ECHR orders Russia to pay $7,500 compensation to Murmansk resident
The European Court of Human Rights (ECHR) has ordered the Russian authorities to pay almost 5,500 euro ($7,500) in damages to a Russian citizen, who earlier filed a lawsuit claiming that the right to respect for his private and family life was violated, the court said in a press release on Thursday.
The lawsuit, which was lodged by Murmansk resident Alexandr Khmel, centers on an incident that occurred on April 27, 2003, when Khmel, who was a member of the Murmansk regional legislature at that time, was detained by policemen and taken to a police station on suspicion of driving his car under the influence of alcohol.
The ECHR noted that Khmel had refused to name himself and had disobeyed police officers' orders.
Policemen then decided to invite a television station's crew to the police station, where the cameraman managed to record Khmel's inappropriate behavior and remarks.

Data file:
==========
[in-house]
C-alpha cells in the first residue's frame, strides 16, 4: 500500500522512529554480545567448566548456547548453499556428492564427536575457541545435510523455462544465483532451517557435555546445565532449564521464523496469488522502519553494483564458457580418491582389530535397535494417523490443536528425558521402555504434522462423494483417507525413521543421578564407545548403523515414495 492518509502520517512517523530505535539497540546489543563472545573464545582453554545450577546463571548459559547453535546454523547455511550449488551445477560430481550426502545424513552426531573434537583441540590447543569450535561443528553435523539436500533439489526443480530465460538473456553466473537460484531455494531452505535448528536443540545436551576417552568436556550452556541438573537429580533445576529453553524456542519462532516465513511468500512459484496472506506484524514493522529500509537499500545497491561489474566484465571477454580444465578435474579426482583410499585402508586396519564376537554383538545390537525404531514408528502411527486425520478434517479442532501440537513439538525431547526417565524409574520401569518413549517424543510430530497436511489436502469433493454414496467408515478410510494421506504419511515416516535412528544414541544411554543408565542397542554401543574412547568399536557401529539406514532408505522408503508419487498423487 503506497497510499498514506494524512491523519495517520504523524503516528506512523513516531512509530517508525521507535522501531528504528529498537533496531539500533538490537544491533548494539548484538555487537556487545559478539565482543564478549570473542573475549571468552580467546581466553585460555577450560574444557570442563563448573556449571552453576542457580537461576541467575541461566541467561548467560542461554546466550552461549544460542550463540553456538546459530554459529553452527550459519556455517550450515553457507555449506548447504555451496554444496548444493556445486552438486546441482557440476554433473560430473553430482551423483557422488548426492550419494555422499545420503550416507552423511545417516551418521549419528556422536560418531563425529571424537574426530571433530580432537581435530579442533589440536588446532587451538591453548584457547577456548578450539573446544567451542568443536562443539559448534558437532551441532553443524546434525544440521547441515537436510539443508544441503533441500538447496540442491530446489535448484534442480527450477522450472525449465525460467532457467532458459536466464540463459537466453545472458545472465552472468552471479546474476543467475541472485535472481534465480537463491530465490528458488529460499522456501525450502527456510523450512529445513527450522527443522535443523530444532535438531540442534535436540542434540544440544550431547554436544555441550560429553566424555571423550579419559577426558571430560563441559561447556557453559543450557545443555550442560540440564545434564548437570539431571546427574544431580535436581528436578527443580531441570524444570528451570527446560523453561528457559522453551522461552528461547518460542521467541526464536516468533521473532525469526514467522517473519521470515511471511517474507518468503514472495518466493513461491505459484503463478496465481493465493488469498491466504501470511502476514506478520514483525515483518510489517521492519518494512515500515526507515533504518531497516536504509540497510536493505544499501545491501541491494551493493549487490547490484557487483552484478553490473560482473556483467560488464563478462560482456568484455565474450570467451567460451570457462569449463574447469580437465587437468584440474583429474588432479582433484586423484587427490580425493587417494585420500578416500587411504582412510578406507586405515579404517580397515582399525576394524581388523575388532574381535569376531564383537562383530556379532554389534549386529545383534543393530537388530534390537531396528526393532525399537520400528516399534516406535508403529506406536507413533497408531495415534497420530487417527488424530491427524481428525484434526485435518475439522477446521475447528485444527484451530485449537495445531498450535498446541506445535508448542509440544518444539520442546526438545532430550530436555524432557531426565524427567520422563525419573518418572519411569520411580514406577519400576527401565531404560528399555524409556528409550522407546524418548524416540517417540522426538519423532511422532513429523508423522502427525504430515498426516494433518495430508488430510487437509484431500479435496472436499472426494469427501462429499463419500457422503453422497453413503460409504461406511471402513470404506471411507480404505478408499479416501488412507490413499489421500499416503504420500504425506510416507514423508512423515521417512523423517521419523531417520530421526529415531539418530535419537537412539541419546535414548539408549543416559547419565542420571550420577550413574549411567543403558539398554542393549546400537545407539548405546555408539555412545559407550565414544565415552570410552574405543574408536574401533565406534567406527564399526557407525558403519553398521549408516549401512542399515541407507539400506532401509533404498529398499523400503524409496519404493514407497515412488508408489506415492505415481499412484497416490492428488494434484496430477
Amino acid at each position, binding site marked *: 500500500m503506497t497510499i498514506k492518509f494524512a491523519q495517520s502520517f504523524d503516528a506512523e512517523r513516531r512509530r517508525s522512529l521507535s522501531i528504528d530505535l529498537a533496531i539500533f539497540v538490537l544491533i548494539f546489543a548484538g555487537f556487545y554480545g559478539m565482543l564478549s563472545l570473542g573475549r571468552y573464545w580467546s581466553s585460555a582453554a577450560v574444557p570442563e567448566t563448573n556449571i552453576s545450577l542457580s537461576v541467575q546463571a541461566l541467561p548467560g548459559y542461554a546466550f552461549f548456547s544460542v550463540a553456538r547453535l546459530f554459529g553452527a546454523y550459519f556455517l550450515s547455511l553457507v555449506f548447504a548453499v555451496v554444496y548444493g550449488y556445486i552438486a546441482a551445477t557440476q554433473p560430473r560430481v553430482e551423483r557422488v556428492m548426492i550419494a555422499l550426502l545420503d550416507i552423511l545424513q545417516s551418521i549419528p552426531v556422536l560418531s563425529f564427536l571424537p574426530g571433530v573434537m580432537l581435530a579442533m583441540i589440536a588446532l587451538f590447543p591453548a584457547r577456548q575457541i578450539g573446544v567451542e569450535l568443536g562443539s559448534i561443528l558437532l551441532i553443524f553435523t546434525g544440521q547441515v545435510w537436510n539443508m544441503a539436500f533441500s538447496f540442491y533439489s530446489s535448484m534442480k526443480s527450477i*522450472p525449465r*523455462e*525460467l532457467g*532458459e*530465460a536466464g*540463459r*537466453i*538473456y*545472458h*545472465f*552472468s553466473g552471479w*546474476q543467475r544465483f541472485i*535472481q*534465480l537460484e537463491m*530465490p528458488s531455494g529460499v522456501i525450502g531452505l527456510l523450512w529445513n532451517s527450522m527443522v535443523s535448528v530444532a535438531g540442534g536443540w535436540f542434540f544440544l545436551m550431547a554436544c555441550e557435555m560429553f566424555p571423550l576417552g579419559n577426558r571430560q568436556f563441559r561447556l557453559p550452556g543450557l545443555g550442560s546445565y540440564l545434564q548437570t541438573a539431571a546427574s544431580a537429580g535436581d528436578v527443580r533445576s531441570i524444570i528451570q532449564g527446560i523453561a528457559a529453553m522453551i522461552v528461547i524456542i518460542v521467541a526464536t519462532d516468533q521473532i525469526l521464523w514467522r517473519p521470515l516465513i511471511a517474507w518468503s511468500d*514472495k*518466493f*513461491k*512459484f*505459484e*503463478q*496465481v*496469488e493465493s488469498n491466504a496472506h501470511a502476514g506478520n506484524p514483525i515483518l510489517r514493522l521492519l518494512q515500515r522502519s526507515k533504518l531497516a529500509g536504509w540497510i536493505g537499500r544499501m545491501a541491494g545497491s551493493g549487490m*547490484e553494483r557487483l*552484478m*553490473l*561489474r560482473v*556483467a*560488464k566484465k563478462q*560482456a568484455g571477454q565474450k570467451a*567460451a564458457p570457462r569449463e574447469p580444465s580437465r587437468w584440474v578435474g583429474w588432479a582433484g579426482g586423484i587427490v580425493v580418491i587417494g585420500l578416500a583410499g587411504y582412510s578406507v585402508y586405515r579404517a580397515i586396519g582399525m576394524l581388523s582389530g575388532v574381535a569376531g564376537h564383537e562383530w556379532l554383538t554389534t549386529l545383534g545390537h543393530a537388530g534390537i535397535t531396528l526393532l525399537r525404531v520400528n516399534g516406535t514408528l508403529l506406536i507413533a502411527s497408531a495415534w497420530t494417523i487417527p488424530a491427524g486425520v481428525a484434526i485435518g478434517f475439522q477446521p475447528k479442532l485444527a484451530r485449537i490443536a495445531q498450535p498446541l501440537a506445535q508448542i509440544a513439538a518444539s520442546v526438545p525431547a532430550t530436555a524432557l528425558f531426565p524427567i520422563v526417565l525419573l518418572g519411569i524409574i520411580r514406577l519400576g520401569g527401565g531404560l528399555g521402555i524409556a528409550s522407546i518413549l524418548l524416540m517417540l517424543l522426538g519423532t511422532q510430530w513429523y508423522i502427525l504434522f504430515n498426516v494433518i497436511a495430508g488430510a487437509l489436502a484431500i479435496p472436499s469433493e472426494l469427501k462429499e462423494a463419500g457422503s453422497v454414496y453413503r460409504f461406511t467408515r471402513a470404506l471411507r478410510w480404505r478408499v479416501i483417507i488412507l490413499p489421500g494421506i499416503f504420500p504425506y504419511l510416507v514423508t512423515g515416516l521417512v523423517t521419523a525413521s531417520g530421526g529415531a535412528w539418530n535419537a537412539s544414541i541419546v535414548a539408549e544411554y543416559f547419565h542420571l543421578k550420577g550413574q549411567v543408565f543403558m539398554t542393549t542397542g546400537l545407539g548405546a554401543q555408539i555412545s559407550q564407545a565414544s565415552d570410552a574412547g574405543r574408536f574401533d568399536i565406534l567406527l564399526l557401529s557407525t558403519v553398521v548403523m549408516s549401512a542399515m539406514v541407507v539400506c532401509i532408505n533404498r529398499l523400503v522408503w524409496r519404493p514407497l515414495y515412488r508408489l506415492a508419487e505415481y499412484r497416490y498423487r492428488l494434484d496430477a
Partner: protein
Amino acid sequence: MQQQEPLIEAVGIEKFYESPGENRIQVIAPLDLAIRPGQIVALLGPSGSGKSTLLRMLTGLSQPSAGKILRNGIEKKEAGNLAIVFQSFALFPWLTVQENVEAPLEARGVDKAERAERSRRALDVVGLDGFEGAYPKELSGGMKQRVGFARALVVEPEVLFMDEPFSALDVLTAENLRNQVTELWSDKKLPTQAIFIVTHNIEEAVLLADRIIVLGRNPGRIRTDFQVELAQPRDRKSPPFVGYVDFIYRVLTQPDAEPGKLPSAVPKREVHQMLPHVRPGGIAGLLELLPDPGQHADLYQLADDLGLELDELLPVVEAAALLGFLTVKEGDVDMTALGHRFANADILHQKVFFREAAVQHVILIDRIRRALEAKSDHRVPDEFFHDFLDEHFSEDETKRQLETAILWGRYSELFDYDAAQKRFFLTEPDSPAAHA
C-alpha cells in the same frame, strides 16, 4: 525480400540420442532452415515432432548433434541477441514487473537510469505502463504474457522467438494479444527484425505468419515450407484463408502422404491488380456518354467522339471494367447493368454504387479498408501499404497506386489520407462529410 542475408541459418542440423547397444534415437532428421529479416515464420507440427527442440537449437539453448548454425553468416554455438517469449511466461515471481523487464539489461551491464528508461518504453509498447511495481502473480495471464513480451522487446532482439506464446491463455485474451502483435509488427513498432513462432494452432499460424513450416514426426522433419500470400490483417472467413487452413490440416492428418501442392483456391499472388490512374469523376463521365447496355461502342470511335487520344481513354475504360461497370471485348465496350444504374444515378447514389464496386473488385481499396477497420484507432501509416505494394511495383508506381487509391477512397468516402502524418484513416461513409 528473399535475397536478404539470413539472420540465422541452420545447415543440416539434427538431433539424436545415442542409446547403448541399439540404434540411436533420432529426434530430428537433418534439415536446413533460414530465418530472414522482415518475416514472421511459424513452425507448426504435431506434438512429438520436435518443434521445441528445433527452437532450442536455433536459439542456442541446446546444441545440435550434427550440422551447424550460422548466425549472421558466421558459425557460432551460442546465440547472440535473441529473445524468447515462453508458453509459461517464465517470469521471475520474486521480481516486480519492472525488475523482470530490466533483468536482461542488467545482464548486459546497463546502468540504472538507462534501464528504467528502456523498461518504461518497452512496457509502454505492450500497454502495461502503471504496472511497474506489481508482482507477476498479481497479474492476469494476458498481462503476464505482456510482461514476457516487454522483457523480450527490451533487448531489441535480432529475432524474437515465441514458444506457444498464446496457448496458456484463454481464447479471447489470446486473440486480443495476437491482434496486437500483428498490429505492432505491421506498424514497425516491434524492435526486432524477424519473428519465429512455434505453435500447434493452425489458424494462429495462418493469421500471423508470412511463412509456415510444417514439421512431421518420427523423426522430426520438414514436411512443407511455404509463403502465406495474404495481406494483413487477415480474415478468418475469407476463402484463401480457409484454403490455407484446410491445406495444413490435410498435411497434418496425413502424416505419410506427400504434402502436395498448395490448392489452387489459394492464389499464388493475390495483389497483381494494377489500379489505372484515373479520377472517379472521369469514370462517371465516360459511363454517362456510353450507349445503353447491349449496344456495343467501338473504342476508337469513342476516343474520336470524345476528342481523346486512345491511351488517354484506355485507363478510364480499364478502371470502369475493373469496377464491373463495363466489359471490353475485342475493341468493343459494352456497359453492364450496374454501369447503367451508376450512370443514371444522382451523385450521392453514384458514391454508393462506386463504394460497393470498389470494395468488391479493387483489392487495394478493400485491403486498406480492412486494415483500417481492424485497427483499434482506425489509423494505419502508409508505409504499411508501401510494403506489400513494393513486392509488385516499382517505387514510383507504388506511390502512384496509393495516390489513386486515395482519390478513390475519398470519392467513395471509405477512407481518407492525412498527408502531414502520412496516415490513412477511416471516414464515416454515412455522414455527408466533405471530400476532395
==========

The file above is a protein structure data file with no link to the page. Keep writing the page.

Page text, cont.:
This footage was shown by local TV channels the following day.
A fine of 1,500 rubles ($46) was imposed on Khmel in 2003.
In 2005, a local court found the man guilty of threatening and insulting representatives of the authorities and ordered him to pay a fine of 7,500 rubles ($229).
In his lawsuit, Khmel claimed that the decision to record this video at the police station and then show in on TV stations was illegal.
He also accused the Russian authorities of breaching Article 4 of Protocol 7 of the European Convention on Human Rights, which guarantees the right not to be tried or punished twice.
The Strasbourg-based court, for its part, agreed that the Russian authorities had violated these two principles of the convention and ordered them to pay Khmel compensation of 5,000 euro ($6,880) and another 450 euro ($620) in legal expenses.